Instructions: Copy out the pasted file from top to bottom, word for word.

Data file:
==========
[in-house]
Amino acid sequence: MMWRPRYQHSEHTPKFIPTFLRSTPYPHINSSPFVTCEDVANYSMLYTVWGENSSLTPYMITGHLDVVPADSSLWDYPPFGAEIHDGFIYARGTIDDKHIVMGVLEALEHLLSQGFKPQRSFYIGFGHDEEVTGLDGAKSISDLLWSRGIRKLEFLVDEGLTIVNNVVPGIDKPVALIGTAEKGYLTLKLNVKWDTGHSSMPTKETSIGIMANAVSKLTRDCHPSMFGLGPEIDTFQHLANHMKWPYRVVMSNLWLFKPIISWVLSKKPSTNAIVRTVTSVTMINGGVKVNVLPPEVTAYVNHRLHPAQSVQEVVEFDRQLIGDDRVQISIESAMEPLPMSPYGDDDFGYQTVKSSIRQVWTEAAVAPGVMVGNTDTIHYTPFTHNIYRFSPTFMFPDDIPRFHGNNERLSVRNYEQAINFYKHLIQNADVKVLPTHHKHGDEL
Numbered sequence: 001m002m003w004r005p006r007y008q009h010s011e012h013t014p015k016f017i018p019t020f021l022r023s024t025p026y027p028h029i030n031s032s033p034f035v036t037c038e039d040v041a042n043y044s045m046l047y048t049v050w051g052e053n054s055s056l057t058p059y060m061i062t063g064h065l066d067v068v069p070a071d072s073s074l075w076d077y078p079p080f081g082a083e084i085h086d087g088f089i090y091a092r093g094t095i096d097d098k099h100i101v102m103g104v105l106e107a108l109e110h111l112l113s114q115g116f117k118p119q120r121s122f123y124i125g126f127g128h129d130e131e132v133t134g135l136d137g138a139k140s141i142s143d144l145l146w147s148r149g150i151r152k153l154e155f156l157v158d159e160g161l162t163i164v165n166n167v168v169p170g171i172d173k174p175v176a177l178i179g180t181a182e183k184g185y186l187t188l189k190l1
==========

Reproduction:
[in-house]
Amino acid sequence: MMWRPRYQHSEHTPKFIPTFLRSTPYPHINSSPFVTCEDVANYSMLYTVWGENSSLTPYMITGHLDVVPADSSLWDYPPFGAEIHDGFIYARGTIDDKHIVMGVLEALEHLLSQGFKPQRSFYIGFGHDEEVTGLDGAKSISDLLWSRGIRKLEFLVDEGLTIVNNVVPGIDKPVALIGTAEKGYLTLKLNVKWDTGHSSMPTKETSIGIMANAVSKLTRDCHPSMFGLGPEIDTFQHLANHMKWPYRVVMSNLWLFKPIISWVLSKKPSTNAIVRTVTSVTMINGGVKVNVLPPEVTAYVNHRLHPAQSVQEVVEFDRQLIGDDRVQISIESAMEPLPMSPYGDDDFGYQTVKSSIRQVWTEAAVAPGVMVGNTDTIHYTPFTHNIYRFSPTFMFPDDIPRFHGNNERLSVRNYEQAINFYKHLIQNADVKVLPTHHKHGDEL
Numbered sequence: 001m002m003w004r005p006r007y008q009h010s011e012h013t014p015k016f017i018p019t020f021l022r023s024t025p026y027p028h029i030n031s032s033p034f035v036t037c038e039d040v041a042n043y044s045m046l047y048t049v050w051g052e053n054s055s056l057t058p059y060m061i062t063g064h065l066d067v068v069p070a071d072s073s074l075w076d077y078p079p080f081g082a083e084i085h086d087g088f089i090y091a092r093g094t095i096d097d098k099h100i101v102m103g104v105l106e107a108l109e110h111l112l113s114q115g116f117k118p119q120r121s122f123y124i125g126f127g128h129d130e131e132v133t134g135l136d137g138a139k140s141i142s143d144l145l146w147s148r149g150i151r152k153l154e155f156l157v158d159e160g161l162t163i164v165n166n167v168v169p170g171i172d173k174p175v176a177l178i179g180t181a182e183k184g185y186l187t188l189k190l1